International news brief: Reformists gain in Bosnia elections; Haiti reports cholera deaths and more
Washington, Oct 03: Reformists who ran on fighting corruption and clientelism in public office appeared set to win an important race in Bosnia's elections Sunday that could give them greater sway over the direction of the country which has never fully recovered from its 1992-95 sectarian war and remains divided along ethnic lines.
The first preliminary results released by Bosnia's central election commission early Monday showed cooperation-prone contenders Denis Becirovic and Zeljko Komsic on course to win respective Bosniak and Croat seats in the tripartite presidency. However, the reformists were likely to be joined by Zeljka Cvijanovic from the strongest Bosnian Serb party - the secessionist and staunchly pro-Russian SNSD.
Moscow has often been accused by the West of seeking to destabilize the country and the rest of the Balkans through its Serb allies in the region, and the Sunday ballot was held amid growing fears the Kremlin might attempt to reignite the conflict in Bosnia to deflect attention from its campaign in Ukraine. '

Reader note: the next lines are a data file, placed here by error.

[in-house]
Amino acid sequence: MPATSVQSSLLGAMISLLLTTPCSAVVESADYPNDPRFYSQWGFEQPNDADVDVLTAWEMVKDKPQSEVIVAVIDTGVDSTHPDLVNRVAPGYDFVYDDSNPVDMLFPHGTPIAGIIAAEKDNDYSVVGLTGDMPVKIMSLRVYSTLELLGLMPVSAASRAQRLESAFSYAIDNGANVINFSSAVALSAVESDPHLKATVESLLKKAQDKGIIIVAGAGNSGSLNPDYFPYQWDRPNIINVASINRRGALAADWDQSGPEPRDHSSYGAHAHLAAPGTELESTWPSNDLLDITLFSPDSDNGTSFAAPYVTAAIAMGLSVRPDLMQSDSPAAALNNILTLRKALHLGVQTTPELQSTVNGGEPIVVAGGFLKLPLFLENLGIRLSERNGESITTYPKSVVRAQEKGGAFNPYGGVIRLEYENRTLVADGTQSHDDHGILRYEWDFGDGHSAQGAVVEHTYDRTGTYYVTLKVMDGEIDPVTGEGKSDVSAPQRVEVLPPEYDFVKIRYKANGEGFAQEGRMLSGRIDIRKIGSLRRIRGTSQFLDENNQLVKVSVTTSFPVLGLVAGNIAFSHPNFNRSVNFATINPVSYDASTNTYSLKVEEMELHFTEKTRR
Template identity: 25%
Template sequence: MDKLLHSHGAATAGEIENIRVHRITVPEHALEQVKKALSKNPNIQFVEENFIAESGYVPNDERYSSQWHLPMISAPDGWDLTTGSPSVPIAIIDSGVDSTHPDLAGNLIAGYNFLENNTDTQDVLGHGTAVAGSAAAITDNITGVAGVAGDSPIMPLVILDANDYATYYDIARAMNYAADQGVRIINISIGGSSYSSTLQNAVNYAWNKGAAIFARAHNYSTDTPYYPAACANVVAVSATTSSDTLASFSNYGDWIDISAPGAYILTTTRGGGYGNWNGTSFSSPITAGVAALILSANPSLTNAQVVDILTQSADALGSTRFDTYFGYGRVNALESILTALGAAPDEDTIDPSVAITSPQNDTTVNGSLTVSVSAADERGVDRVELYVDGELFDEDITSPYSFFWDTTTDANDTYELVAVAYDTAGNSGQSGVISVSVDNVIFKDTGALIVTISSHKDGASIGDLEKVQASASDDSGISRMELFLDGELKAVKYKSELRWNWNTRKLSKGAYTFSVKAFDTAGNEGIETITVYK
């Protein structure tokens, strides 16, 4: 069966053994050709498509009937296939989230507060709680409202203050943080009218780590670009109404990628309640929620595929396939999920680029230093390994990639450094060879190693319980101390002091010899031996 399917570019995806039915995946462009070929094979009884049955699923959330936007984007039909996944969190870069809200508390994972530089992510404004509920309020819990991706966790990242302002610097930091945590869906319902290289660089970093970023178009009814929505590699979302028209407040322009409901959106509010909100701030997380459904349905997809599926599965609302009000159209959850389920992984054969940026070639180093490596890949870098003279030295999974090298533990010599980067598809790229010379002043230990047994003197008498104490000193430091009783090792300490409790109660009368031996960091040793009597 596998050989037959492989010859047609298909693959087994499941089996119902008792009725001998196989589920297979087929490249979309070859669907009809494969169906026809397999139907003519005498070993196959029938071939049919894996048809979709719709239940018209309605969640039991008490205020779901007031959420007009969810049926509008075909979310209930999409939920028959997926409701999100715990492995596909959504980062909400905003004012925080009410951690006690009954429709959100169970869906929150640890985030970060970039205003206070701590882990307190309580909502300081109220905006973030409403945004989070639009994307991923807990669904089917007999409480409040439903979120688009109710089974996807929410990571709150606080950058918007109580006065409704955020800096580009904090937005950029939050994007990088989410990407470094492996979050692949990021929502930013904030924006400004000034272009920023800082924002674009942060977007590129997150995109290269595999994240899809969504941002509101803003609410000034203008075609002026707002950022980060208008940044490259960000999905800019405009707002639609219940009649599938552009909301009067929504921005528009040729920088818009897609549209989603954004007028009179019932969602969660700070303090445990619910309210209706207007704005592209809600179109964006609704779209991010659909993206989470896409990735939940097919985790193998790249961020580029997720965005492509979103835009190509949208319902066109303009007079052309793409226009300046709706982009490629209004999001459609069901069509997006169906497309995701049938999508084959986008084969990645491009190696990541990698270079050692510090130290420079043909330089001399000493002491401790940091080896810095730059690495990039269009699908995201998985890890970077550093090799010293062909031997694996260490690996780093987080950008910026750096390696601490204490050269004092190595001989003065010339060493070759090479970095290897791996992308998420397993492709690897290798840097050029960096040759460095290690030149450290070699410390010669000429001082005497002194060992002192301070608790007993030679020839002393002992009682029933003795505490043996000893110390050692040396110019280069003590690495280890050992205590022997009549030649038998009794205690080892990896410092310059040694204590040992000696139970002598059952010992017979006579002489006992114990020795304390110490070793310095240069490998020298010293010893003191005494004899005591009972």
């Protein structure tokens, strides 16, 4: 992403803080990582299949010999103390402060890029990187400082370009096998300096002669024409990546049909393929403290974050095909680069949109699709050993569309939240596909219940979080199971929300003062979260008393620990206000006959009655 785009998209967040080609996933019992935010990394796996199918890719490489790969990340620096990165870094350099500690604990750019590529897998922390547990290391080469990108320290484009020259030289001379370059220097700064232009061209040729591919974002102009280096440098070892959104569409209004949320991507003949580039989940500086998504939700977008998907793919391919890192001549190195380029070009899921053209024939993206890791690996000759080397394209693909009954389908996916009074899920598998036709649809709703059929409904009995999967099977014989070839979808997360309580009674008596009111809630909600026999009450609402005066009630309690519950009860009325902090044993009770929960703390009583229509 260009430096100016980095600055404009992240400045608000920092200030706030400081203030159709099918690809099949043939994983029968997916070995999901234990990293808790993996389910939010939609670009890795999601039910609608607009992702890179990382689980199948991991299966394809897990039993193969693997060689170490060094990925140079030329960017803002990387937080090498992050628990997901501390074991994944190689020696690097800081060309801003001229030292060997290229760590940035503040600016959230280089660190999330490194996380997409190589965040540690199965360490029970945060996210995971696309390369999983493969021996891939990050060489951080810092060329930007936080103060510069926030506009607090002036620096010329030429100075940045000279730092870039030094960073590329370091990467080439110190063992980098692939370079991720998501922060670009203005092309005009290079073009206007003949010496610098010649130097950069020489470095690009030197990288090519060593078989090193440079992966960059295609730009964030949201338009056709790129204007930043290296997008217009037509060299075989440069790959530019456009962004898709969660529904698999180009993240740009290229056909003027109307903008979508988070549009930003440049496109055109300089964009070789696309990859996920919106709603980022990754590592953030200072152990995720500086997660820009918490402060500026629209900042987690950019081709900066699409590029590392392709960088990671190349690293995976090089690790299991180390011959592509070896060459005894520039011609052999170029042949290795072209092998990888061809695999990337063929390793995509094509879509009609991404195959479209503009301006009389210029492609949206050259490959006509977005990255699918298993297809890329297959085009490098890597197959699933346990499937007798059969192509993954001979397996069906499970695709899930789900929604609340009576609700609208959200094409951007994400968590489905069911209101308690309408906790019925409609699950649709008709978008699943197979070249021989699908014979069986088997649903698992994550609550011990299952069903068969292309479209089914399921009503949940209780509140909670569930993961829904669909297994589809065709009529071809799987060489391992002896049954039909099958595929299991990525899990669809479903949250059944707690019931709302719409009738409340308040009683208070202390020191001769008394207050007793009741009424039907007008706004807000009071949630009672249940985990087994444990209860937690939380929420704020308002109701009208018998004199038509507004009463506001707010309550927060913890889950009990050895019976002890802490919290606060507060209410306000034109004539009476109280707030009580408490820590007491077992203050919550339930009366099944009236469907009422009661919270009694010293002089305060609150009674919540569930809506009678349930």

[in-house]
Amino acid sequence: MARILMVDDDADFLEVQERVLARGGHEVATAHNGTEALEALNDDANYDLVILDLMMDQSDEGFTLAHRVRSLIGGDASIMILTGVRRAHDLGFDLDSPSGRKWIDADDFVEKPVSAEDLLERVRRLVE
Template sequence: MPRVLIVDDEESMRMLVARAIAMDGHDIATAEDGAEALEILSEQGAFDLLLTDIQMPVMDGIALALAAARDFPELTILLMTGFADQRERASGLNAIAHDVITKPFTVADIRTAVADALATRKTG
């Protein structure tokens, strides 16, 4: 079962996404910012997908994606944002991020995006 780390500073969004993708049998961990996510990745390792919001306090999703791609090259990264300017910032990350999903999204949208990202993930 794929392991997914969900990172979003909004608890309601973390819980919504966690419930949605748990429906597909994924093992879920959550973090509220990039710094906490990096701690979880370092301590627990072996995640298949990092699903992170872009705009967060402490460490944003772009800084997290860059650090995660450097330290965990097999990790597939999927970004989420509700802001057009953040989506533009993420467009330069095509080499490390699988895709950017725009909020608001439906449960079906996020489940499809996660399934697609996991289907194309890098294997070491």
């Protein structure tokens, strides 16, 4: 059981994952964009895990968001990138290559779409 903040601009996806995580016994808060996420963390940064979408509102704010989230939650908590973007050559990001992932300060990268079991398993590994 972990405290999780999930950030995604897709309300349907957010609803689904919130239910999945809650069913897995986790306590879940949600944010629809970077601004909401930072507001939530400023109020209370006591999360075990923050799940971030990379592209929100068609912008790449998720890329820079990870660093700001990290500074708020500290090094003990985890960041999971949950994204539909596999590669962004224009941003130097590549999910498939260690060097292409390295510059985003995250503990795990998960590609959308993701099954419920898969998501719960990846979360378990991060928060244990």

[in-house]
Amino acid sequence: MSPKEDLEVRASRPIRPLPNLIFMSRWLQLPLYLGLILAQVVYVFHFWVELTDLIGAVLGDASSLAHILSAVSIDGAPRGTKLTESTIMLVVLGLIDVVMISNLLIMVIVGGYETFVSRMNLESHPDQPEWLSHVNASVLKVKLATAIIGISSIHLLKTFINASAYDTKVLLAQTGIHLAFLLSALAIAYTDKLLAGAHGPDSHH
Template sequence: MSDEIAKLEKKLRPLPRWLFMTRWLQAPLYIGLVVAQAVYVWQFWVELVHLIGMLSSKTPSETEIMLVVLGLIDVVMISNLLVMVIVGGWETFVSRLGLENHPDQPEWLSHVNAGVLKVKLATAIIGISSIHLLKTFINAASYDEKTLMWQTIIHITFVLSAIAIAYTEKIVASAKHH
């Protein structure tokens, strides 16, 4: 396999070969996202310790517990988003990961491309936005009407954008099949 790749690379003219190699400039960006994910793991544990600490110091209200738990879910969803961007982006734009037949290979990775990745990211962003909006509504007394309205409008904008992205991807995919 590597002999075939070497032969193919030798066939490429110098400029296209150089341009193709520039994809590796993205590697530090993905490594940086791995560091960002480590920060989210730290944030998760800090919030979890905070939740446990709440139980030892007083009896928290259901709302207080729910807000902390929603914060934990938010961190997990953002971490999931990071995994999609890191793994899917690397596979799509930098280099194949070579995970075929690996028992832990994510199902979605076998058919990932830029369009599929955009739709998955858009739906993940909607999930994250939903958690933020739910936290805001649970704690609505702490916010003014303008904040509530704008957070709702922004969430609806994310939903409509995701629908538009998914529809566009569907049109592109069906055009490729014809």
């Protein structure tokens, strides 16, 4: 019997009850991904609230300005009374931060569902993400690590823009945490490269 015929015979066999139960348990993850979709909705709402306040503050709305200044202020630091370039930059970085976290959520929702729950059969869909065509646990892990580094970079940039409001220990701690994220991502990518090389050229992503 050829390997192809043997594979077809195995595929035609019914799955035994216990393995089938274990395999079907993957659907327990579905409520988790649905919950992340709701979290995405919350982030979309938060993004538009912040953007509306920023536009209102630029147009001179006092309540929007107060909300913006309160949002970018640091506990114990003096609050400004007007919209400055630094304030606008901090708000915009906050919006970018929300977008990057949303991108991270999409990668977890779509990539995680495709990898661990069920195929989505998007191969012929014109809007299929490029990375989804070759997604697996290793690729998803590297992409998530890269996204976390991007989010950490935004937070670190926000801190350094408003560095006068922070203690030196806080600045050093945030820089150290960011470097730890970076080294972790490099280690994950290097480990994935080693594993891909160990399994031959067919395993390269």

The election included contests for the three members of Bosnia's shared, multiethnic presidency, the president of one of its two highly autonomous parts, and parliament deputies at different, in part overlapping, levels of governance.
Haiti reports cholera deaths for first time in 3 years
Haiti's government on Sunday announced that at least eight people have died from cholera, raising concerns about another potentially catastrophic epidemic like the one that broke out a decade ago and killed nearly 10,000 people.
The cases-the first cholera deaths reported in three years-came in a community called Dekayet in southern Port-au-Prince and in the seaside slum of Cite de Soleil, where thousands of people live in cramped, unsanitary conditions.
''Cholera is something that can spread very, very quickly,'' warned Laure Adrien, director general of Haiti's health ministry.
Stadium tragedy exposes Indonesia's troubled soccer history
Gaining the right to host next year's Under-20 World Cup was a major milestone in Indonesia's soccer development, raising hopes that a successful tournament would turn around long-standing problems that have blighted the sport in this country of 277 million people.
The death of at least 125 people at a league game between host Arema FC of East Java's Malang city and Persebaya Surabaya on Saturday is a tragic reminder, however, that Indonesia is one of the most dangerous countries in which to attend a game.
"Do remember that the FIFA U-20 World Cup will be the worldwide spotlight since the event will be joined by 24 countries from five continents," Indonesia's President Joko Widodo said last month as he pushed for thorough preparations for the tournament.
(with PTI inputs)